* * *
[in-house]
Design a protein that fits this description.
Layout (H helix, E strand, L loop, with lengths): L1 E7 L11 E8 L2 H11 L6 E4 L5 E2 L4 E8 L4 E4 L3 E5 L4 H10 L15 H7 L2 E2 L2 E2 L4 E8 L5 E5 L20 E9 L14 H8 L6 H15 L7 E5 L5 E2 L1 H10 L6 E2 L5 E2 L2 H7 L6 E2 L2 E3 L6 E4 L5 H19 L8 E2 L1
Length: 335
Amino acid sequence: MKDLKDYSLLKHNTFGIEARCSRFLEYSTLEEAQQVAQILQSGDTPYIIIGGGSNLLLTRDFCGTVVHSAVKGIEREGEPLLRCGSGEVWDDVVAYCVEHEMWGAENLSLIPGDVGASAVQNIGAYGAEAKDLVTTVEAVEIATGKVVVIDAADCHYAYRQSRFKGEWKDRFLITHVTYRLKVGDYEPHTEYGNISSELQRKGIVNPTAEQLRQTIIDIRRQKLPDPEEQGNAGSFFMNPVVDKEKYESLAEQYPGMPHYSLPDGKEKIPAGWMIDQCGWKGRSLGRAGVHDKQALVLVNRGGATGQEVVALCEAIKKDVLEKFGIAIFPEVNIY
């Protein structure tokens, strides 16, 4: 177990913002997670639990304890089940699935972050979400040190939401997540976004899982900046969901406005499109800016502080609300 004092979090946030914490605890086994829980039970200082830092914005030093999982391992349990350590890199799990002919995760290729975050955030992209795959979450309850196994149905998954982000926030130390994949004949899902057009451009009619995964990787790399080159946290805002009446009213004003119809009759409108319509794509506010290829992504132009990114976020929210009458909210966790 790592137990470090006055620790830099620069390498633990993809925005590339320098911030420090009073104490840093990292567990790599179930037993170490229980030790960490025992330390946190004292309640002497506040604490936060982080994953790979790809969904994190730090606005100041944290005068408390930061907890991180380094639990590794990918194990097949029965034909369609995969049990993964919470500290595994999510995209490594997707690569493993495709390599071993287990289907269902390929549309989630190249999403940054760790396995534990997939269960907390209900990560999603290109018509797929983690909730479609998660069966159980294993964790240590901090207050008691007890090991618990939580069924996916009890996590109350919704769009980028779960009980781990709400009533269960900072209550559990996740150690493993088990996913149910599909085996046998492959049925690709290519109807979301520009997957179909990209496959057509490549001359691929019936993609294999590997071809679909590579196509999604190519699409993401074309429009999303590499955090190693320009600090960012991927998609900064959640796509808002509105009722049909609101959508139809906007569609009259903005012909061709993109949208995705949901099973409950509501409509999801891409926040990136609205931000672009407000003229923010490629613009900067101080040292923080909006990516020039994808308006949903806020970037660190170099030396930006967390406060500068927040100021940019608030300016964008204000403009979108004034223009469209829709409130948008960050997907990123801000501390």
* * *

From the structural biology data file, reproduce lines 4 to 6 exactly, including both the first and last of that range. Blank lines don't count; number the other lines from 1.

Length: 335
Amino acid sequence: MKDLKDYSLLKHNTFGIEARCSRFLEYSTLEEAQQVAQILQSGDTPYIIIGGGSNLLLTRDFCGTVVHSAVKGIEREGEPLLRCGSGEVWDDVVAYCVEHEMWGAENLSLIPGDVGASAVQNIGAYGAEAKDLVTTVEAVEIATGKVVVIDAADCHYAYRQSRFKGEWKDRFLITHVTYRLKVGDYEPHTEYGNISSELQRKGIVNPTAEQLRQTIIDIRRQKLPDPEEQGNAGSFFMNPVVDKEKYESLAEQYPGMPHYSLPDGKEKIPAGWMIDQCGWKGRSLGRAGVHDKQALVLVNRGGATGQEVVALCEAIKKDVLEKFGIAIFPEVNIY
């Protein structure tokens, strides 16, 4: 177990913002997670639990304890089940699935972050979400040190939401997540976004899982900046969901406005499109800016502080609300 004092979090946030914490605890086994829980039970200082830092914005030093999982391992349990350590890199799990002919995760290729975050955030992209795959979450309850196994149905998954982000926030130390994949004949899902057009451009009619995964990787790399080159946290805002009446009213004003119809009759409108319509794509506010290829992504132009990114976020929210009458909210966790 790592137990470090006055620790830099620069390498633990993809925005590339320098911030420090009073104490840093990292567990790599179930037993170490229980030790960490025992330390946190004292309640002497506040604490936060982080994953790979790809969904994190730090606005100041944290005068408390930061907890991180380094639990590794990918194990097949029965034909369609995969049990993964919470500290595994999510995209490594997707690569493993495709390599071993287990289907269902390929549309989630190249999403940054760790396995534990997939269960907390209900990560999603290109018509797929983690909730479609998660069966159980294993964790240590901090207050008691007890090991618990939580069924996916009890996590109350919704769009980028779960009980781990709400009533269960900072209550559990996740150690493993088990996913149910599909085996046998492959049925690709290519109807979301520009997957179909990209496959057509490549001359691929019936993609294999590997071809679909590579196509999604190519699409993401074309429009999303590499955090190693320009600090960012991927998609900064959640796509808002509105009722049909609101959508139809906007569609009259903005012909061709993109949208995705949901099973409950509501409509999801891409926040990136609205931000672009407000003229923010490629613009900067101080040292923080909006990516020039994808308006949903806020970037660190170099030396930006967390406060500068927040100021940019608030300016964008204000403009979108004034223009469209829709409130948008960050997907990123801000501390």